Fig. 1
Measurement of mechanical axis of the lower limb using CT scanogram after navigated total knee replacement


Complete data were available for 15 of the 25 patients initially recruited in the study. There were four men and 11 women ranging in age from 57 to 80 (average 70) years. The right knee was replaced in 12 and the left knee in three patients. The average intra-operative final axis recorded on the navigation system was 0.56° varus (4° varus to 1.5° valgus) and the average radiographic mechanical axis measured on CT scanogram in maximum possible extension was 0.52° varus (3.1° varus to 1.8° valgus) (Table 1). The average deviation from final to radiographic alignment was 0.12° valgus (Fig. 2). The correlation coefficient between final and scanogram axis was 0.9.

Fig. 2
Graph comparing the final and the scanogram axis of 15 patients after navigated total knee replacement
Table 1
Demographics, intra-operative final axis and post-operative CT scanogram axis of 15 patients


The long-term results of total knee replacement are influenced by various factors. Several studies have emphasised the importance of the mechanical axis for good long-term results [1, 11, 13]. Implant malposition can cause pain, instability, implant loosening, polyethylene wear and decreased range of motion [2, 9, 11, 15]. Rand and Coventry reported 90% 10-year survivorship when the mechanical axis was within 0–4° varus or valgus and 73% ten-year survivorship when the mechanical axis was greater than 4° varus or valgus [16]. Various methods have been used to improve the accuracy of component placement. Kuzhupilly et al. have reported the use of Equiflex instrumentation to achieve optimum femoral rotation and improve patellar tracking [14].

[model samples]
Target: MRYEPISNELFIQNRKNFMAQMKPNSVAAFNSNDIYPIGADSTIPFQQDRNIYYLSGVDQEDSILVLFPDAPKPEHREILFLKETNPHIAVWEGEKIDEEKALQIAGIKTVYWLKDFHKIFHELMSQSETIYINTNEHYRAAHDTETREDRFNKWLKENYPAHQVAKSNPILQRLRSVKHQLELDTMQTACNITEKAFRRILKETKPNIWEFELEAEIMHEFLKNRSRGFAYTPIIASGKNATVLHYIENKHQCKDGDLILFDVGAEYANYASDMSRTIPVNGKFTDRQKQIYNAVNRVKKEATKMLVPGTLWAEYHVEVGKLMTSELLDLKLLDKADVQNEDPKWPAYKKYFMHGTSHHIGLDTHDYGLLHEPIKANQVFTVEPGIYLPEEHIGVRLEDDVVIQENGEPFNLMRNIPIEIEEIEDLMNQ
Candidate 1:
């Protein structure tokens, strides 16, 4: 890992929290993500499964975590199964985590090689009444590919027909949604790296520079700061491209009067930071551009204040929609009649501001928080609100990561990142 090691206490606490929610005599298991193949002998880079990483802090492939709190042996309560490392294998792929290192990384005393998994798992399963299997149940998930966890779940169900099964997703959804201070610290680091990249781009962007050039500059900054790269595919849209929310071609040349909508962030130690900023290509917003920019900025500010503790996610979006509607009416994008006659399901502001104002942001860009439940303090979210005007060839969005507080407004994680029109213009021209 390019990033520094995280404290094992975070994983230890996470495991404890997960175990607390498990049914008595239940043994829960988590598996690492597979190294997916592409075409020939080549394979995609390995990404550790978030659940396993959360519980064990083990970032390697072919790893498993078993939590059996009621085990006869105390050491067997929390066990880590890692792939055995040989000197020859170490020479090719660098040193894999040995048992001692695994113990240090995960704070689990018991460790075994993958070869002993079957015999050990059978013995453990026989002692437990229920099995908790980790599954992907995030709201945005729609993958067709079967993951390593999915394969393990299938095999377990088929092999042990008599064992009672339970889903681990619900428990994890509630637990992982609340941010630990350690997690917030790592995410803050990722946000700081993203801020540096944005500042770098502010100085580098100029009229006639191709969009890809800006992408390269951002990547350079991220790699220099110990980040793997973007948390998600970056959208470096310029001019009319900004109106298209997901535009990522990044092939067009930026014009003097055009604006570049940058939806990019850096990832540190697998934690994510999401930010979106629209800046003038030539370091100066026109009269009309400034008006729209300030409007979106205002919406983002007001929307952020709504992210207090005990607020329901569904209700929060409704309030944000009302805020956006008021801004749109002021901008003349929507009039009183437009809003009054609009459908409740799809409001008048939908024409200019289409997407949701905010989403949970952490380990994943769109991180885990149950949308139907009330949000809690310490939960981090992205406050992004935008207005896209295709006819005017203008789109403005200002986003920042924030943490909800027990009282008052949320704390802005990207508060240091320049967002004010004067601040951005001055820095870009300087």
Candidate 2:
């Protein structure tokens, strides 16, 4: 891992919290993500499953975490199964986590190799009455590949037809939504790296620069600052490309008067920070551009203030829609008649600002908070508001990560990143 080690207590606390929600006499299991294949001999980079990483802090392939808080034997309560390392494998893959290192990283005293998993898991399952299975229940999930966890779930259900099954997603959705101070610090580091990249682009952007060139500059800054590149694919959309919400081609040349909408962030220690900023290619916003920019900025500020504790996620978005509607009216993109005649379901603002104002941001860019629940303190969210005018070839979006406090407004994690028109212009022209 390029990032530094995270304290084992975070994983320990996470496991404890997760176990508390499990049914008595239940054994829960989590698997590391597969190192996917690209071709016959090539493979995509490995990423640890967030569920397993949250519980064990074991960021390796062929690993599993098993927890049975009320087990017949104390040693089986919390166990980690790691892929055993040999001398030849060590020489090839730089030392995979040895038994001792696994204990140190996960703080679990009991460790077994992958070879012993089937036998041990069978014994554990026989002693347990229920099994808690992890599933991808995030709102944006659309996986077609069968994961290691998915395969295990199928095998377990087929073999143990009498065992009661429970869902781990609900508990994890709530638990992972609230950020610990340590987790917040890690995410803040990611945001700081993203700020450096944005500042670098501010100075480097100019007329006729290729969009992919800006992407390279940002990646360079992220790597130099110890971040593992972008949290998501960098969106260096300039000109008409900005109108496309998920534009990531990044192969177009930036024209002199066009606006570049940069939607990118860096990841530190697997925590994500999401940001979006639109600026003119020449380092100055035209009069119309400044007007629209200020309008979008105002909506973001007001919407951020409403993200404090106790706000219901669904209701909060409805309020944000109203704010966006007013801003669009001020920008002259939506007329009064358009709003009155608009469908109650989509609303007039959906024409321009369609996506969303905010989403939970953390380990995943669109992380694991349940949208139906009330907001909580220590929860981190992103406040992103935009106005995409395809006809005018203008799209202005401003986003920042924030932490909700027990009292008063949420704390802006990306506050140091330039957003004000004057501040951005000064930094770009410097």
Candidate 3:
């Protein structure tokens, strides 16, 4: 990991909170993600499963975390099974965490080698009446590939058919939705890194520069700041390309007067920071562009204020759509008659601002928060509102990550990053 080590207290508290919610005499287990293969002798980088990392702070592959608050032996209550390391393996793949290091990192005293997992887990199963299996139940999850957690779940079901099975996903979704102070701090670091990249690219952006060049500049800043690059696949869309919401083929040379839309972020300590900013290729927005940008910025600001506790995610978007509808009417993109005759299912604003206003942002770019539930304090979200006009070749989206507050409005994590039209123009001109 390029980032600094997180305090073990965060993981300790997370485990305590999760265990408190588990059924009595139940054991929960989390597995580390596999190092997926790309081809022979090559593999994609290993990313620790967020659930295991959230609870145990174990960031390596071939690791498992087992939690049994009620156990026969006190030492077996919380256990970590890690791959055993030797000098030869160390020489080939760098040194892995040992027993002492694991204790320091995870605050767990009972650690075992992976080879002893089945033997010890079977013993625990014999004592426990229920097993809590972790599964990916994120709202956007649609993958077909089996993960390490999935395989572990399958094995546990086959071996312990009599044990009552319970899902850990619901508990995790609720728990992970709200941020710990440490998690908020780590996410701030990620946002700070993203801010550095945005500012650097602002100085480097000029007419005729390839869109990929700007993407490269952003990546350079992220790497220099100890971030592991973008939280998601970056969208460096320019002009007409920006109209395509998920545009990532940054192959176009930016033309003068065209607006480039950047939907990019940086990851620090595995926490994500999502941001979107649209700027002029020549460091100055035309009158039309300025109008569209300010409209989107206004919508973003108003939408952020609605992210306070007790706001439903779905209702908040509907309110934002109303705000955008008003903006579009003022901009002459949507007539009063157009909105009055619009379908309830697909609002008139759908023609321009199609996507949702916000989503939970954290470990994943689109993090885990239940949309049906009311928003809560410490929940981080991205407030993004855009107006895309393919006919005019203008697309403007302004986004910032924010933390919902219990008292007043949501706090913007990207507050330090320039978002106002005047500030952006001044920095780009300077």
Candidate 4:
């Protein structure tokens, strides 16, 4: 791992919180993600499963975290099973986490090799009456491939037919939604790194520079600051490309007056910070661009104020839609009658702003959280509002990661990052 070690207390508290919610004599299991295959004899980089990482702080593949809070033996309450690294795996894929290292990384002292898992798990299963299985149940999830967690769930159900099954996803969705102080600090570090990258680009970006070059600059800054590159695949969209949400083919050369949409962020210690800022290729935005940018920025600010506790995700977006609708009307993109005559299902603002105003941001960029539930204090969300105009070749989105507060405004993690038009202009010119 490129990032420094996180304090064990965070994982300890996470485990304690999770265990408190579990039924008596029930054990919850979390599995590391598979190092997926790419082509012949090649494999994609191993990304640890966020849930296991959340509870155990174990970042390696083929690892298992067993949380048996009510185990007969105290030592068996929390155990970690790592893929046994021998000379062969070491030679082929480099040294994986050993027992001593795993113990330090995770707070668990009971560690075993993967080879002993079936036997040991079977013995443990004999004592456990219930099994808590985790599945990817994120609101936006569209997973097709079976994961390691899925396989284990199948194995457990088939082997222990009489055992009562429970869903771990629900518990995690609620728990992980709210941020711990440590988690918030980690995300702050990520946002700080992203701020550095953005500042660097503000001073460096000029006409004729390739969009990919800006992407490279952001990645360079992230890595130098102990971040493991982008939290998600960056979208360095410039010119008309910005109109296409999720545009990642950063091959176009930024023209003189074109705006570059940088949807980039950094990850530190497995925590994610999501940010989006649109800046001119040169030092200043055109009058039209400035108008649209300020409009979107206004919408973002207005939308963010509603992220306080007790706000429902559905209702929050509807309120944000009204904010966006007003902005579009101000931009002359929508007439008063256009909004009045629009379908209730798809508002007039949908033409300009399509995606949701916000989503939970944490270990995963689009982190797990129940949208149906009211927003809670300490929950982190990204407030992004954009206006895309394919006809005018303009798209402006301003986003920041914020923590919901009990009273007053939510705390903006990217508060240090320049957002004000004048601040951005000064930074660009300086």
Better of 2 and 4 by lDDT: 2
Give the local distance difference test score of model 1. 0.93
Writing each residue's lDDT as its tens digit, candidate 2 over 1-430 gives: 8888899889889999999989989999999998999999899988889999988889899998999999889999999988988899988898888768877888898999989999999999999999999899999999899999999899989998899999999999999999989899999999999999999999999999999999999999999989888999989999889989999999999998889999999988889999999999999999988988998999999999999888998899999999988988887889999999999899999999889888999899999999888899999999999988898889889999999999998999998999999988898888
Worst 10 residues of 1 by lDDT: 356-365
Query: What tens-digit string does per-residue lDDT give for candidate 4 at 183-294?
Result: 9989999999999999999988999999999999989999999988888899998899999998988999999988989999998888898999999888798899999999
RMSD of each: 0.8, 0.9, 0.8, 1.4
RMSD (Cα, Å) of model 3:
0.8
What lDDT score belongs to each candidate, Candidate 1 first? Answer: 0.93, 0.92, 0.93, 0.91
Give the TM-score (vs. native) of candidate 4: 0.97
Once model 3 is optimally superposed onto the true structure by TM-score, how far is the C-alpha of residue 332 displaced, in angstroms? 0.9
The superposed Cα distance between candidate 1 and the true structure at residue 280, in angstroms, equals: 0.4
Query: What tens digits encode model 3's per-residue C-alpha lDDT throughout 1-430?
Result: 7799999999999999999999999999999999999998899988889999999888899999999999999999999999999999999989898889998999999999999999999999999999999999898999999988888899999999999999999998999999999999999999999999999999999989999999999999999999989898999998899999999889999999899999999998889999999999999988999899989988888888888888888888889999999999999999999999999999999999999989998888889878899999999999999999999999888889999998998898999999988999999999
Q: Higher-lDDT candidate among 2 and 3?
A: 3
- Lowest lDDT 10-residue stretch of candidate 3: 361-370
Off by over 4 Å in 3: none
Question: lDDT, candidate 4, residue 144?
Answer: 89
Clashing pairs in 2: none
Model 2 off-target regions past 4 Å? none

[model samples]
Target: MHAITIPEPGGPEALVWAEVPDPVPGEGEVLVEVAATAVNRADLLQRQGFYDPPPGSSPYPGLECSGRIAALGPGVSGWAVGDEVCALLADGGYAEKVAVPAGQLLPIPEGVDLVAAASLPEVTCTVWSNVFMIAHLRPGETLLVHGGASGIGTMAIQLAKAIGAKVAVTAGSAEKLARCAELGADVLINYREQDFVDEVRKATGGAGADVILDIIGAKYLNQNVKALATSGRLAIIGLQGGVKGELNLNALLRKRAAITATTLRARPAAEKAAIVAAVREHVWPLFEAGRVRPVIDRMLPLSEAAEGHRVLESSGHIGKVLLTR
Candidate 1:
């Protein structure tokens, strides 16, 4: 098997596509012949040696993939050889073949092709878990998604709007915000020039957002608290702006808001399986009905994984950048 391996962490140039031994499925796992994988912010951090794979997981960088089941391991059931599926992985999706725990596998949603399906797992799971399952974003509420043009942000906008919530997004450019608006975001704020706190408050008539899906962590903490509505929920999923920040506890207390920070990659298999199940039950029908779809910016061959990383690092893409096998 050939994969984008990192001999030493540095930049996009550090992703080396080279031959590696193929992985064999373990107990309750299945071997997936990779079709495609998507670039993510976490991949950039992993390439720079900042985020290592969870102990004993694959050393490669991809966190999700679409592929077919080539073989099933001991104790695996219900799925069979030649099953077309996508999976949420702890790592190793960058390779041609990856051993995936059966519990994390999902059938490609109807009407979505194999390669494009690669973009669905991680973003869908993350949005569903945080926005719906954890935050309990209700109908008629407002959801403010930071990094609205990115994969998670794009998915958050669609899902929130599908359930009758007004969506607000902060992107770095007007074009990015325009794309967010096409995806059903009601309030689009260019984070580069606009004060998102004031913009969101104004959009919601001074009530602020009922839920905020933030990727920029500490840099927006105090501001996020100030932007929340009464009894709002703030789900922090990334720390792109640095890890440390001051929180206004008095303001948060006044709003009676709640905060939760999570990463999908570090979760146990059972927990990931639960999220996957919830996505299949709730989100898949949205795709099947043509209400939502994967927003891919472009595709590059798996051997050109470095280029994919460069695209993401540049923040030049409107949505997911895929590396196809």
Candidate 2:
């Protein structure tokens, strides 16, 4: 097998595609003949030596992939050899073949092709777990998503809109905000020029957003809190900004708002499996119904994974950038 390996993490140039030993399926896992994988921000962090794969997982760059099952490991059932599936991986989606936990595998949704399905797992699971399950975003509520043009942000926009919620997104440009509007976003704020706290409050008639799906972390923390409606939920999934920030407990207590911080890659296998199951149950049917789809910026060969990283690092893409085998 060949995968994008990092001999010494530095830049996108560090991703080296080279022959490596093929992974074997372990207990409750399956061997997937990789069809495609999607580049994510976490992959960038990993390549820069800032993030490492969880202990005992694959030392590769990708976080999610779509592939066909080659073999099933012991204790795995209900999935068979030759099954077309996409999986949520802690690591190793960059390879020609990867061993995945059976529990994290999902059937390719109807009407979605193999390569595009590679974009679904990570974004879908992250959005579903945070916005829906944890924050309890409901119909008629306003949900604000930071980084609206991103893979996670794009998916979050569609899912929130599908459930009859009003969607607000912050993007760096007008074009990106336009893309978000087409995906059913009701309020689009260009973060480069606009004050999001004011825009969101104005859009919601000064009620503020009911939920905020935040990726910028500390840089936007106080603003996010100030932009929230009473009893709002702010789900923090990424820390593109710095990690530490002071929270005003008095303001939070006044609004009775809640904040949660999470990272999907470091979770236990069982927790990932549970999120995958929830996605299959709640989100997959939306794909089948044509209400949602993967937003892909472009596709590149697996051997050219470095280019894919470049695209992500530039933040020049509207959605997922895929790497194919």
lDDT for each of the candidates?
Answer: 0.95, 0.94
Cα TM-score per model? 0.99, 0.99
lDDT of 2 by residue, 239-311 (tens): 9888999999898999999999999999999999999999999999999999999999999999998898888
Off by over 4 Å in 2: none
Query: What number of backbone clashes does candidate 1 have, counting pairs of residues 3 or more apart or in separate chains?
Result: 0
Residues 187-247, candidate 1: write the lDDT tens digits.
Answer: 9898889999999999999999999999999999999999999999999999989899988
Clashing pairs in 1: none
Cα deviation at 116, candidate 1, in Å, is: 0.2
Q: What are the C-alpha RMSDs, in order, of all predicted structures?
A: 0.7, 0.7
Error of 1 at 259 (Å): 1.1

With the use of computer navigation for TKR, many studies have reported an increase in the accuracy and reproducibility of component placement and limb alignment [3, 7, 18]. Given the precise algorithm which allows accurate measurement of mechanical axis, computer navigation is now considered to be the new gold standard for the purpose. Recently, Graydon et al. [6] evaluated the in vitro use of a navigation system based on electromagnetic technology, reporting accuracy similar to infrared-based navigation systems for total knee arthroplasty.

Most studies use full-leg radiographs or CT scan for assessment of overall mechanical alignment [4, 12]. However, these can be associated with significant radiation to the patient. The average dose of radiation with the conventional long leg radiograph is reported to be 0.7 mSv [8]. In our series, the average dose of radiation with the CT scanogram was estimated to be between 0.1 and 0.2 mSv. There is considerable variation in the literature regarding the dose of radiation depending on the CT technique and the protocol used. The Perth protocol [4] has reported a dose of 2.7 mSv and the Imperial knee protocol [10] a dose of 0.74 mSv in women and 0.54 mSv in men.

Our study shows no significant variation between intra-operative final computer-generated axis and CT scanogram axis, the average deviation being only 0.12° valgus. The correlation coefficient of 0.90 between final navigation axis and post-operative radiographic axis confirms that CT scanogram can be a reliable imaging modality in the measurement of mechanical axis alignment. It is easy to perform, involves low-dose radiation and yet provides reasonable accuracy.

Several limitations can be cited to be inherent to the technique, which involve variation due to rotational malalignment, inability to perform imaging whilst weight-bearing (although this is not possible intra-operatively either, hence does not affect the validity of the study) and perhaps a relatively small number of patients included in this study. We suggest that more studies be undertaken in different settings to further check the results before widespread use of the technique is advocated.